At Bunessan primary, afterschool nature clubs have been investigating seed dispersal and making hedgehog hibernation homes for our gardens.  Argyll and Bute council also featured our Lost Words project as a good example of raising educational attainment.

Back at the end of August, a group of Thistle Camp working holiday volunteers on Iona not only did a great job painting bridges and noticeboards, digging ditches, making stepping stones, pulling bracken and beachcleaning, but also inadvertently caused a bomb scare with this mystery object, which turned out to be the propellant canister used to launch a missile from a WWII US Navy ship!  Never a dull moment!

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Photo by Graham Arnold

I’m very grateful for everyone who gives their time and skills to volunteer throughout the year, in particular some of our younger volunteers during this Year of Young People.

Finally, here’s a sneak peek at a new project for next year.  We are going to be hosting Woollen Woods at Tiroran Community Forest.  We’ll be asking everyone to get involved by creating woolly woodland creatures (animals, plants or fungi and knitted, felted, crocheted, pom-poms, any technique you like!) to go on display at the forest next year.  Look out for more information coming soon, or if you can’t wait to get started, you can post any contributions to: Mull and Iona Ranger Service, c/o Tigh na Rois, Millbrae Cottage, Bunessan, Isle of Mull, PA67 6DA.  We won’t be able to return any of your creatures but we can promise them a starring role in our outdoor exhibition next summer!  Some mice have already got in on the act!

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These two mice have been busy nibbling hazelnuts from their stash

Emily

 

Bringing you up to date

Hello!  Thought it was time for an update of news from my patch over the last couple of months.

Our summer events programme finished earlier than usual as I was off to Edinburgh to begin a part-time postgraduate course in Outdoor Environmental and Sustainability Education.  I enjoyed the company of some great people from all over the world, and perhaps I’ll share some of my learning with you as the course progresses over the next few years, as we are very much encouraged to reflect on our own practice.  Of course it was also good to come home to one of my favourite Mull views!

Anyway, before I went there was plenty of time to fit in some great outdoor days with both visitors and locals, including another lovely walk to the tidal island of Erraid, always a popular event in our guided walks programme.  It was hard to drag everyone away from the beautiful beach at Balfour’s Bay!

Kate and I led another successful visit to Tiroran Community Forest with Bunessan Primary class 1, learning all about our sea eagles with Meryl at the hide, and finding out about dinosaurs and fossils.  We made plaster casts of footprints, played games about camouflage and designed dinosaurs which might survive in a forest habitat, out of natural materials.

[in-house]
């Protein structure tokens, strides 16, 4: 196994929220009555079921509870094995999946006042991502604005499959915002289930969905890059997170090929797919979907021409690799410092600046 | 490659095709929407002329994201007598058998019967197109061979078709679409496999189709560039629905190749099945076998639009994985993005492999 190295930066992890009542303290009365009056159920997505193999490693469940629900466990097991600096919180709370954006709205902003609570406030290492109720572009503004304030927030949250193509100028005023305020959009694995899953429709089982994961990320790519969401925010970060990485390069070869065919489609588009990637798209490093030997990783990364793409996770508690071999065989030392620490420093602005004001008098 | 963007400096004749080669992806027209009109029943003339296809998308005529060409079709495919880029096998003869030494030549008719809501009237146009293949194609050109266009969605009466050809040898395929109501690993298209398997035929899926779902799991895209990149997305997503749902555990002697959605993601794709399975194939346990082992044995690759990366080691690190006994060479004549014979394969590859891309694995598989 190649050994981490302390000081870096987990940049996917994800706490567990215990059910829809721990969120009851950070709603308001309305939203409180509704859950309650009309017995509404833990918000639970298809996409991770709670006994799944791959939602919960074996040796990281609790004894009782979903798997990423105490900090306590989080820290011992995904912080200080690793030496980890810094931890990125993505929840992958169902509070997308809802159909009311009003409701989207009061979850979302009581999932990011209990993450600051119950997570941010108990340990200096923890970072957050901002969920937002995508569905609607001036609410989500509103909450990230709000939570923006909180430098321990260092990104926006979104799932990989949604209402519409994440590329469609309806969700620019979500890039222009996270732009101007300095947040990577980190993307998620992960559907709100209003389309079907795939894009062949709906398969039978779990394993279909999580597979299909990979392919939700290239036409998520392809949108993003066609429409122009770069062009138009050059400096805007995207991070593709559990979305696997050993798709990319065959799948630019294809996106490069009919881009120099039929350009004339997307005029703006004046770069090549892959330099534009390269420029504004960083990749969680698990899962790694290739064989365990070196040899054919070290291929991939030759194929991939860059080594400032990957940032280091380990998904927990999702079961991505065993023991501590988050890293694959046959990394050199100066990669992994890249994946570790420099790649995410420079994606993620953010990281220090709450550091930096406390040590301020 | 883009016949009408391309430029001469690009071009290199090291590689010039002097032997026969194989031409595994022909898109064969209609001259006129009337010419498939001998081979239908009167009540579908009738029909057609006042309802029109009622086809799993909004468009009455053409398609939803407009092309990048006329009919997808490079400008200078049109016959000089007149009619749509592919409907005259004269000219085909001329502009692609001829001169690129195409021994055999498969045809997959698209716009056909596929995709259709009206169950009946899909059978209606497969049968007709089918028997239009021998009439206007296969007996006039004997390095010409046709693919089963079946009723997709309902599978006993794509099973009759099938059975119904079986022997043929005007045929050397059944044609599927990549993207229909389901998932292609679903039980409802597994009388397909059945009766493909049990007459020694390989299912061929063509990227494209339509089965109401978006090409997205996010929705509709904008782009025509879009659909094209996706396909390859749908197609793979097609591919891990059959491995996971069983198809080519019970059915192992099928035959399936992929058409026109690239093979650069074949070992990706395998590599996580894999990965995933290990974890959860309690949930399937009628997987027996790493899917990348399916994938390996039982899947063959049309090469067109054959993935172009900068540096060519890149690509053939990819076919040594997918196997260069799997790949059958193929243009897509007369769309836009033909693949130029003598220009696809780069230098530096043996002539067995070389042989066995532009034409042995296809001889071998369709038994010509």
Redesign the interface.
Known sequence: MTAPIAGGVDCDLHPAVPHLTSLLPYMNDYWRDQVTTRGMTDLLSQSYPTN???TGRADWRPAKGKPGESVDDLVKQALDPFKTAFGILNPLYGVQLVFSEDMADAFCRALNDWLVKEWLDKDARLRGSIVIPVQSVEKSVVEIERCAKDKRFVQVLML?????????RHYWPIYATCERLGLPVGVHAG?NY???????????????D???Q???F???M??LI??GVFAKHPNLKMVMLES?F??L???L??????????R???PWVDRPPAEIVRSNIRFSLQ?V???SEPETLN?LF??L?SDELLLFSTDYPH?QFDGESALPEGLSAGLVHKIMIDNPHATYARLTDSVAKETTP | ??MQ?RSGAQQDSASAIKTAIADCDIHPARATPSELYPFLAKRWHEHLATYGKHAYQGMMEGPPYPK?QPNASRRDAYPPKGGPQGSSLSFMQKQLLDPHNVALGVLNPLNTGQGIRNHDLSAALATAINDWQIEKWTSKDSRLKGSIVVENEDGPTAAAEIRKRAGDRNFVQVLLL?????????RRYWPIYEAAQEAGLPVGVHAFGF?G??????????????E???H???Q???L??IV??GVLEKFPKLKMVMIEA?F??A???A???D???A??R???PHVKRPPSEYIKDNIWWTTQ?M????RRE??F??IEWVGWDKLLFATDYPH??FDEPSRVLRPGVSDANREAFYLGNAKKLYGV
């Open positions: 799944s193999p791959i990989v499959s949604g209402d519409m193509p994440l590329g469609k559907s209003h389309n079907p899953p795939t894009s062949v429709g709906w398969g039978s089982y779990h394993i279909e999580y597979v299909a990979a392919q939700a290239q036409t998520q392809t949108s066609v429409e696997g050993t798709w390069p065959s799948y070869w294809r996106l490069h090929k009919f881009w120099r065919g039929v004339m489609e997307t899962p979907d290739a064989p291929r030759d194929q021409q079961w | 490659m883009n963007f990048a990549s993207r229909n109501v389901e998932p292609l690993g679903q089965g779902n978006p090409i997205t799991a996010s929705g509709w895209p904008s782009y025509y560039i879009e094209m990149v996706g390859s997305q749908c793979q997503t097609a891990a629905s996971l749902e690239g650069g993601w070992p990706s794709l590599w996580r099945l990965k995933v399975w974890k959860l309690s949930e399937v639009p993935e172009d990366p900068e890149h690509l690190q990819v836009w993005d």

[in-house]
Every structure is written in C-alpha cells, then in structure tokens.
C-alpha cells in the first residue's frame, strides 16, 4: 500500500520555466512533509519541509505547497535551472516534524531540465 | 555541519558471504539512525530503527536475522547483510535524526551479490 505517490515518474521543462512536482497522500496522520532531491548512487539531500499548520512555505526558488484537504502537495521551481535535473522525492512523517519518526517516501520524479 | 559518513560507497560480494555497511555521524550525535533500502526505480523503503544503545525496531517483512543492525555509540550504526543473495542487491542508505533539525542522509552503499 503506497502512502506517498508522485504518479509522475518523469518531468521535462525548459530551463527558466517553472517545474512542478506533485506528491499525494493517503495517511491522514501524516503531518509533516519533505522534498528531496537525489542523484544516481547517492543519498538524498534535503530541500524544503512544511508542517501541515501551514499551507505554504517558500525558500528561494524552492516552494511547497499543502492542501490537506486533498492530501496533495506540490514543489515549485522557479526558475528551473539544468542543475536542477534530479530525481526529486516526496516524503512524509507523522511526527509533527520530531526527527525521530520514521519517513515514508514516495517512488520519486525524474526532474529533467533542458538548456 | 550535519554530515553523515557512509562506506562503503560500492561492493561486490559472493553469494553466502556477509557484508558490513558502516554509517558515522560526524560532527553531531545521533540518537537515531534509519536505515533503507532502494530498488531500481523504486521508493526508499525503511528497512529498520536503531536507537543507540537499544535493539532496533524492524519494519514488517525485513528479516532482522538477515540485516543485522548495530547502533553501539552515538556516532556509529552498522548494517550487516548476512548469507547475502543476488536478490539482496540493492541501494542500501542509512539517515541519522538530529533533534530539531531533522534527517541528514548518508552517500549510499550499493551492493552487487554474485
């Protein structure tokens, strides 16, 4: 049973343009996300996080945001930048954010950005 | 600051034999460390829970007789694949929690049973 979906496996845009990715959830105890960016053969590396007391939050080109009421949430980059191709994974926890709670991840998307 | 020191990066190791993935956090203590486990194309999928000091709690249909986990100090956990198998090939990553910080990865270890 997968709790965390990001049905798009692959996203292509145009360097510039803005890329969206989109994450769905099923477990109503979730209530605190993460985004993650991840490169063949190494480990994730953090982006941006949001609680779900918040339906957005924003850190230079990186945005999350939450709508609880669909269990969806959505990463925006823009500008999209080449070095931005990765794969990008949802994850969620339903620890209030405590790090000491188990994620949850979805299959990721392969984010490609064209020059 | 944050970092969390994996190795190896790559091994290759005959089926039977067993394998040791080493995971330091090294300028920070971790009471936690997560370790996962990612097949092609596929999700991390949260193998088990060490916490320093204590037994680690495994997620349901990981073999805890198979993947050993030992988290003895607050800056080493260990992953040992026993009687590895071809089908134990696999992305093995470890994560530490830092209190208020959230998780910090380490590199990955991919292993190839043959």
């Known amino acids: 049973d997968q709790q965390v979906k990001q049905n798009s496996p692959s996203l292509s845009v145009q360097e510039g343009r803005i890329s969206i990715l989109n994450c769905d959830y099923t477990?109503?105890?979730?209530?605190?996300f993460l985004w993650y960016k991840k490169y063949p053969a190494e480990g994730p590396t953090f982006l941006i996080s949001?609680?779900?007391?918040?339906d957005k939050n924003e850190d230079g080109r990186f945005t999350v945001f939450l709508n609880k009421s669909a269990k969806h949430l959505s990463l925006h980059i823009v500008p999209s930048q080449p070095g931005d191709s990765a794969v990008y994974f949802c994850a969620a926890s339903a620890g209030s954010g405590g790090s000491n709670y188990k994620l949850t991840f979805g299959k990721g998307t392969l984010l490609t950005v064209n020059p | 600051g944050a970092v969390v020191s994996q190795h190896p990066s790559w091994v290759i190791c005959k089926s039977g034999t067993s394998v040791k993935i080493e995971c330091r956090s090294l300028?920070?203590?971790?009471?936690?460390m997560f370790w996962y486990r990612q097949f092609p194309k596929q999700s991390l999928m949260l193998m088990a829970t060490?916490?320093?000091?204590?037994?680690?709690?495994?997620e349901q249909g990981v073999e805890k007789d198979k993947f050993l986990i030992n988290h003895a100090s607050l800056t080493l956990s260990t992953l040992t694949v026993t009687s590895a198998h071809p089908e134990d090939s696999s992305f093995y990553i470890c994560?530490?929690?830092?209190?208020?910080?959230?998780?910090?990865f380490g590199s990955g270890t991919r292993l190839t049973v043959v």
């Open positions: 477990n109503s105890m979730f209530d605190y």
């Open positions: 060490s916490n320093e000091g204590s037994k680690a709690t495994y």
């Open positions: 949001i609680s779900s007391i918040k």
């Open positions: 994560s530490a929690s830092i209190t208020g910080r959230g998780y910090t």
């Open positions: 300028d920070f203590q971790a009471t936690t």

Our final NTS Thistle Camp of the year worked hard to improve access around Iona and Staffa with lots of very muddy pathwork including building stone steps, repairing stiles and bridges, and replacing a section of boardwalk.  They also cleared a huge bramble patch from an area behind Iona school, and had a go at scything.  This year the week  included 2 days on Mull where the group helped Highland Renewal replace a bridge at Tireragan nature reserve and teamed up with local volunteers on a large-scale beachclean.  Great effort everyone!

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While the Thistle Camp were working on Staffa we had the expert help of Nan Morris from our path repair team, and we also had a visit from the structural engineer.  This is required to help us monitor and plan for future repair or replacement work of all of our built infrastructure that helps people access the island, for example the pier, ladders and handrails.

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The following week I headed over to Mar Lodge estate in Aberdeenshire for some valuable catch-up time with colleagues and to see how various land management projects there are progressing.  Woodland restoration is coming on very well.  On the way I dropped off Kate for a couple of days experience of working in mountain habitats at NTS Ben Lawers where she was well looked after by the team there.  A long way to travel but our early start was rewarded with a spectacular sunrise.

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Kate’s last day was spent finishing off a plant survey on the Ross, along with local volunteer Peter Upton.  Wishing Kate all the best as she moves onto pastures new.

Our final survey of the season involved walking the coast of the Ardmeanach peninsula on our annual goat count which helps us work out grazing levels.  100 goats were happily spread around the beach boulders sunbathing!  What a hard life!

Last week I escorted a few cruise ship passengers around the coastal path at Burg on a perfectly clear sunny day and we spotted some pure white harebells.

Bunessan afterschool nature club has now restarted – our first event this autumn was a local walk finding plants which had animals in their names – how many can you think of?

Enjoy your autumn!

Emily

Sunny highlights

We’re enjoying weeks of almost unbroken warm sunshine here, time to give you a snapshot of what we’re up to in south Mull and Iona…

Thanks very much to the cheery NTS Thistle Camp volunteers, what a good-natured bunch of hard-working folk.  They are seen here checking out the results of all their efforts shifting boulders by giving the new stepping stones the ‘prancing test’!

 

Next a great group of students from George Watsons college in Edinburgh, on Mull for a John Muir Award week, who helped us out with a seaweed survey, Marine Conservation Society litter survey and beach clean up at Carsaig.

 

Iona and Bunessan primary schools teamed up for a visit to Tiroran Community Forest and Mull Eagle Watch, learning about our nesting sea eagles, measuring and identifying trees and minibeasts and having plenty of time to explore.

 

Not to be outdone, afterschool nature clubs at both schools have been collecting wool caught on fences and brambles, which was then washed and mordanted.  They also collected a selection of plants to produce their own dyes, and have carded the dyed wool reading for felting into pictures. Can you guess some of the plants we used from the photos?

 

Plenty of other things happening too – click on the events tab to see what’s next, then come and join us!

Emily